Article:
True Christian spirituality has always emphasized perseverance: "To those who by persistence in doing good seek glory, honor and immortality, he will give eternal life. But for those who are self-seeking and who reject the truth and follow evil, there will be wrath and anger" Romans 2:7-8, italics added.
Righteousness--true holiness--is seen over time in our persistence. It is relatively easy to "flirt" with righteousness--being occasionally courteous to other drivers (if you happen to be in a good mood), helping someone in need by opening the door for them (if you have time), throwing a few extra bucks into the offering plate (as long as you won't miss them). But this behavior is in reality superficial righteousness. The righteousness God seeks is a persistent righteousness, a commitment to continue making the right decision even when, perhaps hourly, you feel pulled in the opposite direction. Holiness is far more than an inclination toward occasional acts of kindness and charity. It is a commitment to persistent surrender before God.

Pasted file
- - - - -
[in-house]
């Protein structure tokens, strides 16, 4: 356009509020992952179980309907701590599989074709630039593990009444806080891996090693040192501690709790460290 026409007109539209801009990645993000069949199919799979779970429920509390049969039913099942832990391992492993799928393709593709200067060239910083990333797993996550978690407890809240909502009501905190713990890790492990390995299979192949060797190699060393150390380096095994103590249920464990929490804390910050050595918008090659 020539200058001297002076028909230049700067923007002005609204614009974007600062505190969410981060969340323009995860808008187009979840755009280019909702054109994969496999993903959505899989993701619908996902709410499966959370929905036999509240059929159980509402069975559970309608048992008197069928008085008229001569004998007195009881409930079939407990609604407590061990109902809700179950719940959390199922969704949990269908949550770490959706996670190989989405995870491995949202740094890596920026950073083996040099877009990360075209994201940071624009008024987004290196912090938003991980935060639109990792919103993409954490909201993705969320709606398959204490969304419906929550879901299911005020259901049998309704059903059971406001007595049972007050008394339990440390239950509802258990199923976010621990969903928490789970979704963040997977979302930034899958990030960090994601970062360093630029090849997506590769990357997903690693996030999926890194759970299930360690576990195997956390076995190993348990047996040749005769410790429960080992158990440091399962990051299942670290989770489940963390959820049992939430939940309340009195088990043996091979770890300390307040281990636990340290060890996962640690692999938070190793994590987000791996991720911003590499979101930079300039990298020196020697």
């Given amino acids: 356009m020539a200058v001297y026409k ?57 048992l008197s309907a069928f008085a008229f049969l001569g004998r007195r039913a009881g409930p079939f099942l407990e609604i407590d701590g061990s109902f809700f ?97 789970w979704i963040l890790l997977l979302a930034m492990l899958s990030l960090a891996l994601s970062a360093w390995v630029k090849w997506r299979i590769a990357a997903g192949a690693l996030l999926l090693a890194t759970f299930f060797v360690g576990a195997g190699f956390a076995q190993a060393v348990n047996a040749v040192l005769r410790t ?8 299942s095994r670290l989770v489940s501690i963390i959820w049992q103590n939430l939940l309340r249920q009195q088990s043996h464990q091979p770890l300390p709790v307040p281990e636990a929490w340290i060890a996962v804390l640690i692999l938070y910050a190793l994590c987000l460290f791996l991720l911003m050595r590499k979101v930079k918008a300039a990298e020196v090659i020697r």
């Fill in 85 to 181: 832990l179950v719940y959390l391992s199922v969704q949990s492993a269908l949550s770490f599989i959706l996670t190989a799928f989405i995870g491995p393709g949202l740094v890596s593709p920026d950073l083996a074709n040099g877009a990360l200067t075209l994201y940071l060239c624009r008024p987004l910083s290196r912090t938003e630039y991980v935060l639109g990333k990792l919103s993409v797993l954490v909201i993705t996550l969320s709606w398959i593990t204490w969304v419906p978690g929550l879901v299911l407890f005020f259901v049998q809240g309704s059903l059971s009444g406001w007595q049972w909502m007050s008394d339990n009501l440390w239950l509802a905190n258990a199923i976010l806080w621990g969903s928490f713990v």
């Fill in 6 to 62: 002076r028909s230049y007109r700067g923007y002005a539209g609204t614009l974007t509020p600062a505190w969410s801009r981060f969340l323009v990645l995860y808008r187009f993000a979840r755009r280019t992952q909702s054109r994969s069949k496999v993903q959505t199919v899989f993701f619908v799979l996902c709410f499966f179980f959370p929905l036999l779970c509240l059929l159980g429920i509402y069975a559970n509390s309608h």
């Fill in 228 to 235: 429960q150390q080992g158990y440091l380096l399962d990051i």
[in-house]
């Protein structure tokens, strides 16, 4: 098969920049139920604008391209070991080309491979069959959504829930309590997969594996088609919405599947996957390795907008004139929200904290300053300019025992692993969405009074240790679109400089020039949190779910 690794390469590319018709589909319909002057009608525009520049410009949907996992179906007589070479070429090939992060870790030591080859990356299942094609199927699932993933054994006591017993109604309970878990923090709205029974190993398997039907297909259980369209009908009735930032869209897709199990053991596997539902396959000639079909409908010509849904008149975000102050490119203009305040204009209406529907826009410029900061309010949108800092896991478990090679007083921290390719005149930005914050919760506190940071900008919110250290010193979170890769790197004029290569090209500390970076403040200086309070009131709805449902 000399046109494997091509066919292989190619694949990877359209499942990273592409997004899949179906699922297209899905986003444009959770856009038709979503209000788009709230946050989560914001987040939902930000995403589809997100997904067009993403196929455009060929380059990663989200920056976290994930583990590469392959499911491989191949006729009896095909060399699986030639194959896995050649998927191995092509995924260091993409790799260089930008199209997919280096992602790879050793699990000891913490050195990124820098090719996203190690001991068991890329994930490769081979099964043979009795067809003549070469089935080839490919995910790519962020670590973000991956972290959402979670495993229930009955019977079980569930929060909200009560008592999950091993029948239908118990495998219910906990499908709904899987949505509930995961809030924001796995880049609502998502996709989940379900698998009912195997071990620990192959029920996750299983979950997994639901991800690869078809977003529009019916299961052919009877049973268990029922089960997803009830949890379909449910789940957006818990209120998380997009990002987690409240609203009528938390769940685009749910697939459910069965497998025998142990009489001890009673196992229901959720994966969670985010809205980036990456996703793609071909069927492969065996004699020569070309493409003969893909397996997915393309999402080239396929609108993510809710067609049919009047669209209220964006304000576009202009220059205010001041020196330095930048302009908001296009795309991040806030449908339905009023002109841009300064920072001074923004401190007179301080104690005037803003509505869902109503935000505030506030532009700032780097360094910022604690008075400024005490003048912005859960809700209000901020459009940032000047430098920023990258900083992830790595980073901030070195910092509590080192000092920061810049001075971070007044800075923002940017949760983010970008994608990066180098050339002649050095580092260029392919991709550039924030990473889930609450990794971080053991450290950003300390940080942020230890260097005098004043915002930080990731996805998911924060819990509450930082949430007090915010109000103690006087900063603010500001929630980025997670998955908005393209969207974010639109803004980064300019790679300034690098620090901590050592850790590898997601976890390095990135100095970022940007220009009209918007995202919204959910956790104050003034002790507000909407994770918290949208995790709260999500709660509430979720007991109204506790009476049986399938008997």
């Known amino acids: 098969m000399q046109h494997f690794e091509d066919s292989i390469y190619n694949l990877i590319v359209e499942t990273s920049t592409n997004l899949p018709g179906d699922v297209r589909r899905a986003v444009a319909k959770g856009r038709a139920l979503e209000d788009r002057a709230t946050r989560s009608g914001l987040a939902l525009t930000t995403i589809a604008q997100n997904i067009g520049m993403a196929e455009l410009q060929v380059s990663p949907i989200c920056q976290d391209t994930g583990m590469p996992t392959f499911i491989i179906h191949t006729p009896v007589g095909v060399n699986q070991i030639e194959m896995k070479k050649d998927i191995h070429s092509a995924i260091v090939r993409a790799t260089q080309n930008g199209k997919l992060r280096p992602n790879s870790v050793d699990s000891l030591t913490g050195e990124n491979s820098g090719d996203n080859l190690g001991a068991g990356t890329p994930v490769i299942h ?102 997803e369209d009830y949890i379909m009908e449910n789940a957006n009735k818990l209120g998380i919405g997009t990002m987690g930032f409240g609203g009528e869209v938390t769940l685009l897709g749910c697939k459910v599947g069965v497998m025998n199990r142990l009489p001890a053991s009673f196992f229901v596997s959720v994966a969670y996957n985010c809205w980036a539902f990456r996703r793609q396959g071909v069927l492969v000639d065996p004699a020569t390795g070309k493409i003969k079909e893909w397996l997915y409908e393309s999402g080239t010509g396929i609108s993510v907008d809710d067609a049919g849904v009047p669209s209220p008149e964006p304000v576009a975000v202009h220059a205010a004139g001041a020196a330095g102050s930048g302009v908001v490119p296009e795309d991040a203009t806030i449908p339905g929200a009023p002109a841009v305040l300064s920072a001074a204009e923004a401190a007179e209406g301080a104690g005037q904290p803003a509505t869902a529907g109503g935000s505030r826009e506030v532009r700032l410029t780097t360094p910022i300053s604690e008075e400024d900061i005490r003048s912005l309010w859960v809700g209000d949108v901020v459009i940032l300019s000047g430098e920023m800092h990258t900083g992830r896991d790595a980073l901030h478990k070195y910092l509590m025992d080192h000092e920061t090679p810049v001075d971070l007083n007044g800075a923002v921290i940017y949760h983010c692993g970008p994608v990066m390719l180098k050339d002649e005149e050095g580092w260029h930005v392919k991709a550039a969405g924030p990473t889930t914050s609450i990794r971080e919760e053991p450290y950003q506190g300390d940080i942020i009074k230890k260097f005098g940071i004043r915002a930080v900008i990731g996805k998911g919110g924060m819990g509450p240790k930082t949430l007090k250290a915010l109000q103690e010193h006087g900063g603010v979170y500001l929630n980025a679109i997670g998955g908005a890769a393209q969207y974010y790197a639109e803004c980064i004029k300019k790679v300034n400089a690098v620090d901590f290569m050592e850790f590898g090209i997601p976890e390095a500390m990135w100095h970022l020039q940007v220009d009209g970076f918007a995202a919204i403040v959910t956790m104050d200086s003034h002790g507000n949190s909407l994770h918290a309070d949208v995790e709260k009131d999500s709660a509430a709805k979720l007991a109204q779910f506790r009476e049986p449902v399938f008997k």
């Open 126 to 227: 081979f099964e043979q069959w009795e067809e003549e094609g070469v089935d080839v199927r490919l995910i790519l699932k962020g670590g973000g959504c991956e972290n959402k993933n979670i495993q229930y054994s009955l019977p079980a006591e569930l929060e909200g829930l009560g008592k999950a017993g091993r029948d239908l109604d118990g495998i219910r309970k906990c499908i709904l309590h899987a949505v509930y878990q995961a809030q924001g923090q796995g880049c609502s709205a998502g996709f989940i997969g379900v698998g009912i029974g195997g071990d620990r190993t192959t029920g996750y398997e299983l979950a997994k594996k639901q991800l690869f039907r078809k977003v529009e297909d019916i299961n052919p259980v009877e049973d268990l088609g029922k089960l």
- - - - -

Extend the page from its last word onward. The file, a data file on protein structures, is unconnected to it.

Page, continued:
What gives us the power to persist in doing good? Paul in Romans 2:7-8 notes that in our persistence we seek "glory, honor and immortality". These are words that point to an alternate history, to an afterlife (there is, after all, no immortality in this world). Persistence doesn't make sense unless we live with a keen sense of eternity.
From Sacred Marriage by Gary Thomas